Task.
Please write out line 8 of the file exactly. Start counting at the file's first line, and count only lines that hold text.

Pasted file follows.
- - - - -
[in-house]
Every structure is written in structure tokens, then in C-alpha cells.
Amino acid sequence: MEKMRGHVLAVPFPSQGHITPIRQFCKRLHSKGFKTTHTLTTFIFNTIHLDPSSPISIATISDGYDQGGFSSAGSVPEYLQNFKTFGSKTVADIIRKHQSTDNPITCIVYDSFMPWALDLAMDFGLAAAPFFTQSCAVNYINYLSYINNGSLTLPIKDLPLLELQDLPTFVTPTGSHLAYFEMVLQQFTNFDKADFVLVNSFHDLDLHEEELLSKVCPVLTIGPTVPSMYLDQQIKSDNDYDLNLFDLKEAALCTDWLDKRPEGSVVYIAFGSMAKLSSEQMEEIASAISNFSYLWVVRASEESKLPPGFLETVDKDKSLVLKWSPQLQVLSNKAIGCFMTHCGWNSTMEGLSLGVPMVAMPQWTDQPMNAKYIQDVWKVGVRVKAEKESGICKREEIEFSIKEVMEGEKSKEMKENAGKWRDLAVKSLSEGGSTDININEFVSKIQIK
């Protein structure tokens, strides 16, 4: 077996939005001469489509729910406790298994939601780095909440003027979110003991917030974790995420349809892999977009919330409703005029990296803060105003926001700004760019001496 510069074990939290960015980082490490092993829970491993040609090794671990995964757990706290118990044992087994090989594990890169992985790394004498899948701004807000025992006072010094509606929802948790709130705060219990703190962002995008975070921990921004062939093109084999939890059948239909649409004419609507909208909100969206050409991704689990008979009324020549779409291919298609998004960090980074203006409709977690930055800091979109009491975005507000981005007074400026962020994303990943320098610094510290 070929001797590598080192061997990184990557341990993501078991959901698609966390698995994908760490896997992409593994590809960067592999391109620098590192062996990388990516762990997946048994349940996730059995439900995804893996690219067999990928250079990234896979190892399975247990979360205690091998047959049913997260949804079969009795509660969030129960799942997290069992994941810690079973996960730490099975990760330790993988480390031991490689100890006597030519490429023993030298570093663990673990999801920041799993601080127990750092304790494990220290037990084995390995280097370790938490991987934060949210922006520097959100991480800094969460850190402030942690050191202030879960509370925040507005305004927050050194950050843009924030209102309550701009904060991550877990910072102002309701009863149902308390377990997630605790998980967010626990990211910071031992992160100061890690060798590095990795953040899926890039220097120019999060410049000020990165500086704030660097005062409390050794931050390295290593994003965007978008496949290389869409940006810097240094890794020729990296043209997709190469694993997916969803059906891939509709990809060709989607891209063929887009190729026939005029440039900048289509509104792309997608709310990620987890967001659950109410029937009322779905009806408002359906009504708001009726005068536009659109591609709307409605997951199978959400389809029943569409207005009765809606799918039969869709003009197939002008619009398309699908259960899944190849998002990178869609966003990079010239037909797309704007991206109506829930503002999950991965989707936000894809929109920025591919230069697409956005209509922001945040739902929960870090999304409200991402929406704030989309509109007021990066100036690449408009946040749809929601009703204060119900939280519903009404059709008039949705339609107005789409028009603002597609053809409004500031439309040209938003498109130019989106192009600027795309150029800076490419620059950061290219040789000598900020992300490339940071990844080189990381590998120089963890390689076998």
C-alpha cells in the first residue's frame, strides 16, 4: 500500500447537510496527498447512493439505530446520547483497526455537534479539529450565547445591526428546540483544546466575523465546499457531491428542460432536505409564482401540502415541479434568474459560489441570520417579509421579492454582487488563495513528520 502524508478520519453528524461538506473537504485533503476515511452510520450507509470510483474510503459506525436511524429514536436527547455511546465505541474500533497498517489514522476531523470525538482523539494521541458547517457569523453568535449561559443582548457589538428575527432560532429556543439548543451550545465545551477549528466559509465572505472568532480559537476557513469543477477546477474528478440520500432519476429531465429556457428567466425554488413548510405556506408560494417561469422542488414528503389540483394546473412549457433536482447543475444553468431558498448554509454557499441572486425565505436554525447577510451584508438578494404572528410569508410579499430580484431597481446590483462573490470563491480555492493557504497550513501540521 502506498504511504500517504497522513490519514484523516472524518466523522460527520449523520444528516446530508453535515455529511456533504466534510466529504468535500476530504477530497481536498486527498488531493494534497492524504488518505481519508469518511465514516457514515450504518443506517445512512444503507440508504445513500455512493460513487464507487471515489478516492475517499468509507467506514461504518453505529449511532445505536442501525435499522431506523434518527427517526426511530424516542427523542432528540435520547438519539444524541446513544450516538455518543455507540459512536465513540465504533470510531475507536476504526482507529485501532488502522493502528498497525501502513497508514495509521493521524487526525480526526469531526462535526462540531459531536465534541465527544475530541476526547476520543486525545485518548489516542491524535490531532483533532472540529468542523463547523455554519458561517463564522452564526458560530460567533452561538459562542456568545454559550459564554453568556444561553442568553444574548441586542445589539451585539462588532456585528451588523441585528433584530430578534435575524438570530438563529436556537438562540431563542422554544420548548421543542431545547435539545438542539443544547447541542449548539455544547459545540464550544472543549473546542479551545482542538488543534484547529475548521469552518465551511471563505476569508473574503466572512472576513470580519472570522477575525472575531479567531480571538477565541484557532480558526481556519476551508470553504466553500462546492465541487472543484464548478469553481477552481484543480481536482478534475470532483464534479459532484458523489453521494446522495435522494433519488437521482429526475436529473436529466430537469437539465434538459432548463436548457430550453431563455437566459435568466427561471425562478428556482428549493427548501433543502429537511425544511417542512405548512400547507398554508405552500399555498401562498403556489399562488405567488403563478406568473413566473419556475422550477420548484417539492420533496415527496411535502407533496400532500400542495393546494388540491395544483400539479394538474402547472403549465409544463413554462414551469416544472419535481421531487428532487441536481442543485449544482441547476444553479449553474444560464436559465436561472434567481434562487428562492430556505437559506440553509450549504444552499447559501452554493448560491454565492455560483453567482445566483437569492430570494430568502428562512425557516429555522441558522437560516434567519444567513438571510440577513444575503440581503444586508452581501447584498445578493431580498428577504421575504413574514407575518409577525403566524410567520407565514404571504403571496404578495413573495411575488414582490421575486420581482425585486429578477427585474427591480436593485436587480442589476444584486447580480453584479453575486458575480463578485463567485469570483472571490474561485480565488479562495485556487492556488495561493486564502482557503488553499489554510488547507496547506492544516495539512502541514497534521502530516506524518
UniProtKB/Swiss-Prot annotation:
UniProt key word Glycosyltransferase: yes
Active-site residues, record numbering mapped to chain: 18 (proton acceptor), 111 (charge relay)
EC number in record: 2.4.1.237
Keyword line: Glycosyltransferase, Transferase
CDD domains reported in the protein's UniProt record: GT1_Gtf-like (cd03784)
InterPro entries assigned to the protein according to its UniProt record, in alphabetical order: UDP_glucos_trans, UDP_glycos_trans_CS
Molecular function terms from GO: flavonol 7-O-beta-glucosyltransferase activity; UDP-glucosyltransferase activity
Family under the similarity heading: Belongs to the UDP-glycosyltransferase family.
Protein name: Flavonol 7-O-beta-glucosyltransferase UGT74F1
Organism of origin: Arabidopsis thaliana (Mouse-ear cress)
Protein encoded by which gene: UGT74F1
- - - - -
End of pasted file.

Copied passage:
Active-site residues, record numbering mapped to chain: 18 (proton acceptor), 111 (charge relay)